Maryland's new Republican chairman John Kane did everything he could to push Gov. Parris N. Glendening and Lt. Gov. Kathleen Kennedy Townsend out of state politics. After all, Kane was a big backer of new Republican Gov. Robert L. Ehrlich Jr.
Now, it's payback time for Kane. Imagine Kane's surprise when he learned that Glendening and Townsend had hired his moving company to pack their photos and clean out their personal effects from their offices in the State House.
"I just love the irony of it," Kane said. "I guess I'll do just about anything for a move job!"
Republicans Get New Director
The Maryland Republican Party has a new executive director to steer its statewide, legislative and local election efforts, part of Kane's move to clean house and expand the Republican minority in the General Assembly.
Kane said Eric Sutton, former head of the Delaware State Republican Party, has the qualifications he has been seeking: running a party in a robust two-party state.
Over the next four years, Kane said, his goal is to turn Maryland's House and Senate, where Democrats command an overwhelming majority, into "a much more competitive environment."
That's exactly what new House Speaker Michael E. Busch (D-Anne Arundel) fears. At a luncheon last week, he warned fellow Democrats that incoming Ehrlich may talk of bipartisanship but he is already figuring out which Democrats to target in the next election.
As evidence, Busch pointed out that the only campaign sign left hanging in the Republican's headquarters is that of Del. Leroy E. Myers, a Republican who ousted Busch's predecessor and mentor Casper R. Taylor Jr., the state's longest-serving House speaker since Colonial times.
"What do you think that message is? It's, 'We took out your speaker of the House.' It infuriates me," Busch said, adding that for as long as that sign hangs in the window, "it will grate on me personally."
Kane called Busch "a little too sensitive." If Busch is looking for someone to blame for Taylor's loss, Kane suggested he look no further than his counterpart in the state Senate, President Thomas V. Mike Miller Jr. (D-Prince George's).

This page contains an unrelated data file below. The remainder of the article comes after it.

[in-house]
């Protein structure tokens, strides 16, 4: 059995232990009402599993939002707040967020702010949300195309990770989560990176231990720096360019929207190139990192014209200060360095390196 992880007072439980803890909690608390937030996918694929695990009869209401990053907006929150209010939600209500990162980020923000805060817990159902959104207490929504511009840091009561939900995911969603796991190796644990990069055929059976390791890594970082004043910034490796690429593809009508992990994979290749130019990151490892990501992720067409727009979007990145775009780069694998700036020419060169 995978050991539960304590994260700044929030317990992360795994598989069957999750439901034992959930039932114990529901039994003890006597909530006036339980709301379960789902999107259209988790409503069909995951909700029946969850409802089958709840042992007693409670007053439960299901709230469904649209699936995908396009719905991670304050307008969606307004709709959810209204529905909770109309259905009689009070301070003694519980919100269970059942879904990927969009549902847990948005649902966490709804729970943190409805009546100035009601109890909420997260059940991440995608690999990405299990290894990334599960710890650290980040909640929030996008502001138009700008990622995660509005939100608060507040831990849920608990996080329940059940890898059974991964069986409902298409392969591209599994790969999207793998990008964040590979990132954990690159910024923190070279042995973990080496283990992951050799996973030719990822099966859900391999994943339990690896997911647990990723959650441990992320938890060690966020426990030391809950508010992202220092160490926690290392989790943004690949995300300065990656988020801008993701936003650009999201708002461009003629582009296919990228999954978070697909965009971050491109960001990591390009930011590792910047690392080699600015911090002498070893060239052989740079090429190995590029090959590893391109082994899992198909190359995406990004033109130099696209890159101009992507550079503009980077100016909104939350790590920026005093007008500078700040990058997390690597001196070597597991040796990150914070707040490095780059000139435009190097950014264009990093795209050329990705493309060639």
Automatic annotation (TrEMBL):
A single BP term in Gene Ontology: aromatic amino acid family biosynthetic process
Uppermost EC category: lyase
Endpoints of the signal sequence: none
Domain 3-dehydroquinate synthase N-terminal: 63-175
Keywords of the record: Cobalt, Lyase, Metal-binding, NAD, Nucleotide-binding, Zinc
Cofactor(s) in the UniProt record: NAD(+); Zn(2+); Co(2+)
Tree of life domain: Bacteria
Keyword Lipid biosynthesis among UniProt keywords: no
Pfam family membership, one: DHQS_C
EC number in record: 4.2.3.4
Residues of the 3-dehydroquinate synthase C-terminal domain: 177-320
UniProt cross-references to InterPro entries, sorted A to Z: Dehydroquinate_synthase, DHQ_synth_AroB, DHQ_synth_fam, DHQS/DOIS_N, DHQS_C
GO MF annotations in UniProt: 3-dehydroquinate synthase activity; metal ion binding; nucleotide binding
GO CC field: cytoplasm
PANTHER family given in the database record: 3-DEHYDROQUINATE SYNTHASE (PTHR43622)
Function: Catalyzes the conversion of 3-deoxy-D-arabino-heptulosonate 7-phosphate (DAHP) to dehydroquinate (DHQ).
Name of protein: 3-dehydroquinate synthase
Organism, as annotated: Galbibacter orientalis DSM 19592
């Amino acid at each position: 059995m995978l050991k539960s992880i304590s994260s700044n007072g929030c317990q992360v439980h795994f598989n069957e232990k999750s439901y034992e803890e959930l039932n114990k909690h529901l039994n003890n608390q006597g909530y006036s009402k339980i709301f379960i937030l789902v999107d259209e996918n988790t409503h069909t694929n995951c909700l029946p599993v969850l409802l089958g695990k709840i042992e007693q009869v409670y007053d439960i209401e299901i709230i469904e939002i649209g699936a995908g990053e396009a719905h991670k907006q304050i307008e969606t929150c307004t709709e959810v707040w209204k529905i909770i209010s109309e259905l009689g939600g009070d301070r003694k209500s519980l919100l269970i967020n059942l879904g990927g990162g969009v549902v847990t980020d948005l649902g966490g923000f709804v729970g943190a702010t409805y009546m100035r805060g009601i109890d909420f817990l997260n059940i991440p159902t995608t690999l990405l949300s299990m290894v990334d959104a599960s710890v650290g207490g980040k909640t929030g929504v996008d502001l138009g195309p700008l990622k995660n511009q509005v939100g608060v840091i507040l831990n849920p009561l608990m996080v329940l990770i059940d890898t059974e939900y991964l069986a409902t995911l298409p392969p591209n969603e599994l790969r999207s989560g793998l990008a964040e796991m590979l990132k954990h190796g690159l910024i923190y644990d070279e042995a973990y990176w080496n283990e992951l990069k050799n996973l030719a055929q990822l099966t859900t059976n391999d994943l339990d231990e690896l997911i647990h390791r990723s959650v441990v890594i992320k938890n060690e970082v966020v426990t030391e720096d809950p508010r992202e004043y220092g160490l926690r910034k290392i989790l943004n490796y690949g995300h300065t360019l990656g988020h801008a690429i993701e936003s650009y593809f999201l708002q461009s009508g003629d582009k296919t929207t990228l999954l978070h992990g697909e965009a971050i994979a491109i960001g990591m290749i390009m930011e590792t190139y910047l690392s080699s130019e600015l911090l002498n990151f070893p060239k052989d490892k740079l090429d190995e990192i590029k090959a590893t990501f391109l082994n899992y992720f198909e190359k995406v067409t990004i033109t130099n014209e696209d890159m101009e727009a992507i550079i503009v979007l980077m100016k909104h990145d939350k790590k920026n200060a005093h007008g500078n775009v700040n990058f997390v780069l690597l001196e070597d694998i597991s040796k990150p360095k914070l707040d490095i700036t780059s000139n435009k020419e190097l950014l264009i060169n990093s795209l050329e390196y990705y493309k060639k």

"If anything screwed Cas Taylor, it was redistricting," Kane said.
Miller was one of the major architects of a plan to redraw the state's political boundaries after the 2000 Census. The courts stepped in, charging that Miller and Glendening had unconstitutionally gerrymandered districts to reward and punish lawmakers. As a result of the court's new plan, Taylor and Myers were thrown into the same district.
Enough Is Enough?
Ehrlich may not have as much clout with President Bush's administration as he had hoped.
Not long after Ehrlich said during the Republican Governors Association convention in California that he would be "lobbying hard" to bring the new Department of Homeland Security to Maryland, the Bush administration announced last week that it would locate the department in Virginia.
After raising more than $1 million for the governor-elect in a Baltimore fundraiser during the campaign, maybe Bush figured he had done enough.
At Least Getting a Laugh
Lt. Gov. Michael S. Steele may have a quotable way with words, but he misjudged his audience last week.
Addressing the Democratic-controlled House of Delegates on the opening day of the General Assembly session, Steele was in high speech-making gear, telling lawmakers that they all were there for one reason and one reason only. "It's not Republican or Democrat, it's the people of Maryland," Steele said.
Then, apparently forgetting the setting, Steele wound up with, "Thank you for honoring me with your vote." He recovered nicely, though, sending delegates into fits of laughter when he quickly added, "I know some of you didn't, but we're all together now, and that's what matters."
Staff writer Lori Montgomery contributed to this report.